First let's explain what the values of the Chi-squared mean in the table. The value of this index of association in a given case, i.e. referred to a particular pair of samples, furnishes a measure of the significance of the "differences" observed between two samples. The higher a value is , the lower is the probability of the error (based on the Pizzetti-Pearson relation) in accepting the hypothesis that the samples we tested are "different" - or, in other words, if we affirm that the "differences" observed are not merely due to chance.

It is possible to obtain the probability of such an event by looking up the value for the Chi-squared in the appropriate Table. It would be too complicated to show the Table in the present context, so we refer the reader to "DANTE 2000", where you can consult the table by clicking on the "Chi-square Table" command on the video-page in Figure 25 and Figure 26. The following two examples show how to use the Table.
  • As our first example, let's take the value of 17.45, i.e. the result obtained from comparing samples C and D (both of which come from "ll Fiore" and are "spread" out over time) ; let's go to line 21 in the Table, as 21 is our degree of freedom :

            [ number of samples (2) - 1) x (number of characters (22) - 1) ] ;

    at this point we find that our value of 17.45 falls between 13.240 and 20.337 in the Table, corresponding to probability levels of 0.900 and 0.500 respectively. This means that the probability that the differences between the two samples are merely due to chance is between 0.900 (90%) and 0.500 (50%).
  • As our second example, let's take the value of 72.31, the result we get by comparing samples C and F. The first is "spread" over time but the second is not. Again let's look at line 21; this time we can see that our value (72.31) is greater than 49.011 in the Table, the value that corresponds to a probability level of 0.0005. This means we can say that the probability that the differences between the two samples is merely due to chance is lower than 0.0005 (0.05%).

    To sum things up, the theory states that the difference between samples can be considered as "statistically significant" if the probability that it is due to chance is lower than "5%. For the samples in our examples we can therefore:
    • Reject the hypothesis that there is a difference between samples C and D ;
    • Accept the hypothesis that there is a difference between samples C and F.
    In our case, we can also say that the test revealed a significant "difference" between two samples by the same Author, i.e. between a first sample "spread" out over time and a second which was not.
    We can reach a similar conclusion for all the other values obtained with the Chi-squared test that compared samples from "Il Fiore" (see Figure 26 the first zone highlighted in yellow).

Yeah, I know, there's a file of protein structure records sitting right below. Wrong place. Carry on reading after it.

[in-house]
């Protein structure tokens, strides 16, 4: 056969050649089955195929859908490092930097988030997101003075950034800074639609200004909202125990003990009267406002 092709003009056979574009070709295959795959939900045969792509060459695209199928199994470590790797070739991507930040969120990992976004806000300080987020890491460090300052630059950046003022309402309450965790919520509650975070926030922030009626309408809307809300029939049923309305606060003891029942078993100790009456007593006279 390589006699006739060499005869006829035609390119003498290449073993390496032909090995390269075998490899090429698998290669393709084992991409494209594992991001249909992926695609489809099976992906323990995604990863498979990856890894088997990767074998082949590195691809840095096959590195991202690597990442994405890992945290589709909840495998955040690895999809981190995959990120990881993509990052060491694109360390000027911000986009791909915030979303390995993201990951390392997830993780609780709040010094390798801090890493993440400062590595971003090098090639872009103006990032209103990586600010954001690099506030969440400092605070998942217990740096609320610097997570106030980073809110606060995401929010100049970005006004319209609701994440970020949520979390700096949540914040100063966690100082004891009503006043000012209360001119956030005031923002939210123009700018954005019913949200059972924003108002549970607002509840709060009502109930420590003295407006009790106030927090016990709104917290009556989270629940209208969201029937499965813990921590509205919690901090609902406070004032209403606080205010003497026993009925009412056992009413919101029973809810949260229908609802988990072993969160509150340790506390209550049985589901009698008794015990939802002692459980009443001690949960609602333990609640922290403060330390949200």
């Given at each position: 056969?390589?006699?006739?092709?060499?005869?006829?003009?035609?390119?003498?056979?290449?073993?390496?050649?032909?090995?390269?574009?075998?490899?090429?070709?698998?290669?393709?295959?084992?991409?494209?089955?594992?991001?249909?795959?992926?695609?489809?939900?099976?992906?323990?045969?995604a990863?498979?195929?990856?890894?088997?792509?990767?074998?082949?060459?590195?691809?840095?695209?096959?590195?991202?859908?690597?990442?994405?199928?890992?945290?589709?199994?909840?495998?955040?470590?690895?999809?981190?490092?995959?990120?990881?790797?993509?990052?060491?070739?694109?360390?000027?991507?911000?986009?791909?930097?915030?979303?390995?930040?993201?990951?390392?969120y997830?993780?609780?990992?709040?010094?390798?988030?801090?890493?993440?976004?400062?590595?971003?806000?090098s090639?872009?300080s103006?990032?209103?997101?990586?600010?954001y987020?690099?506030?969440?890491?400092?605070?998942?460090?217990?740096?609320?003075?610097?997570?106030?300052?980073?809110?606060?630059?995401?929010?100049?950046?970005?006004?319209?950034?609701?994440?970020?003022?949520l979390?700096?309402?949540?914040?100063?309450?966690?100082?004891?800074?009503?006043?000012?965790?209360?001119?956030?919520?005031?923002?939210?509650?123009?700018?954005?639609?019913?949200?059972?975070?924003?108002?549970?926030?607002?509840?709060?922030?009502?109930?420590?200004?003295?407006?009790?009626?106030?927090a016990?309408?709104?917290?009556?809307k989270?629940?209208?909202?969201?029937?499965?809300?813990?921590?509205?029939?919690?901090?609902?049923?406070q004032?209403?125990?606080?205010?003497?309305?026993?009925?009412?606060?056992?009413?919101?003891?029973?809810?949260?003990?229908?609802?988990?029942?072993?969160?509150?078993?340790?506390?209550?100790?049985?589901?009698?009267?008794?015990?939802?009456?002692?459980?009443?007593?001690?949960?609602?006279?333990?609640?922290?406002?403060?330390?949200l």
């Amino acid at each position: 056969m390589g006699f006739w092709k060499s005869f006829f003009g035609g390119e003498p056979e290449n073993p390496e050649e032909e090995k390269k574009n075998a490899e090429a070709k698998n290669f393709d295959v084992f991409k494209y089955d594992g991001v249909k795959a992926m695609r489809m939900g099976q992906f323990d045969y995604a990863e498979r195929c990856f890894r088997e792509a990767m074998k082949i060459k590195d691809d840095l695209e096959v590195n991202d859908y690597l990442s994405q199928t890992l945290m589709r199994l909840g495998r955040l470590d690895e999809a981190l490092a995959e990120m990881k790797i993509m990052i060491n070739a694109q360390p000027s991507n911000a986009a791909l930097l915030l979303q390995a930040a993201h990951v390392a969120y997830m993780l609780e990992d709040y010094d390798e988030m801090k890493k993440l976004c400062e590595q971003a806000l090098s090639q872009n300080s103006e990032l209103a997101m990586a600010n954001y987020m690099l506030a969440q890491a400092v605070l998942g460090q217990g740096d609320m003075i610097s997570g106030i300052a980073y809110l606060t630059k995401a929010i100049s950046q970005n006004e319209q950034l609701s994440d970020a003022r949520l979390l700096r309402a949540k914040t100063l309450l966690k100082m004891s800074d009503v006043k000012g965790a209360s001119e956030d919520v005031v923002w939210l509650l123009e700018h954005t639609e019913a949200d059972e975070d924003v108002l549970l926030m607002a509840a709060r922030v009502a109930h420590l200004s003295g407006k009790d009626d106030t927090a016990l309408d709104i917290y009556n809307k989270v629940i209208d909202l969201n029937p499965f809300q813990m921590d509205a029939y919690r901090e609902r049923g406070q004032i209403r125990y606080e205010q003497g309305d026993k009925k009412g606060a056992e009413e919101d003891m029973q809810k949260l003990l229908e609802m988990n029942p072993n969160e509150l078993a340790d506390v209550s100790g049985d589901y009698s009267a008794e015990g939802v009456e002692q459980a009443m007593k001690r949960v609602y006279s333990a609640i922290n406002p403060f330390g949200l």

Again the same considerations apply to samples G, H, I and L, relative to Guittone d'Arezzo (second zone highlighted in yellow).

    So far we have only talked about the statistical significance of some of the results and intentionally avoided discussing their interpretation. Let's start to do so now, remembering our two hypotheses, the verification of which lies at the base of our study: the main hypothesis is that the test can "feel" whether individual samples belong to their respective Authors, and the second hypothesis (much more optimistic), concerns the possibility that the test can also "feel" how the writing of an Author "evolves" over time.
    We are convinced that none of the comparisons we have made can decisively influence our work hypothesis one way or another alone, even though the results are highly significant. But we are just as convinced that by taking the results as a whole, we can extract a considerable amount of precious clues in the desired direction.

    If we take the second working hypothesis concerning the hypothetical evolution in the writings of the same author over time, then all the comparisons made with regard to this phenomenon, the results of which are highlighted in yellow, support the hypothesis and give high confidence levels. The test clearly "feels" the "differences" between samples by the same Author that are spread over time and those that are not.Our method of building up these samples guarantees that these "differences" are due to the eventual dependence on the time of the sample itself.

    Having confirmed our second work hypothesis (the more ambitious),we could well expect confirmation of our first hypothesis, i.e. that the test could distinguish between samples by the same or different Authors. Careful analysis of the results as a whole leads to the conclusion that in their entirety and with even higher confidence levels than in the previous case, they do indeed support the first working hypothesis.

    We can conclude by observing that the coherence in the pattern of results, of an "eloquence" rarely encountered in previous studies, can only be rejected if Dante actually did write "Il Fiore" (see in Figure 26 the values highlighted in violet).


    Comparison between a sample by modern Authors and the samples by medieval Authors

    The sample of Modern Authors (Praga, Camerana, Carducci, Pascoli, Gozzano and Corazzini) allows 15 comparisons with the other samples and therefore furnishes 15 values from the Chi-squared test, given in full in "DANTE 2000". Just a quick glance at these 15 values immediately gives an idea of the extraordinary power of the test; in this case too (after 700 years of evolution of the language), the results are significant. Although all the values for the Chi-squared test are high (which was to be expected), what is so amazing is the far lower value obtained from the comparison between Dante and Modern Authors.
    In our opinion, this result shows that more in-depth studies are necessary, and that the study should be extended to samples in prose. In any case, from now on, but not in this context, the results must be considered seriously as in our opinion, they could infer implications of an anthropological nature.

    Note dated 20.1.2003 In-depth research on the above point is now underway, in a different direction, with regard to the origins of the Italian and other four European languages. The first results are not only interesting, in some cases they are quite surprising.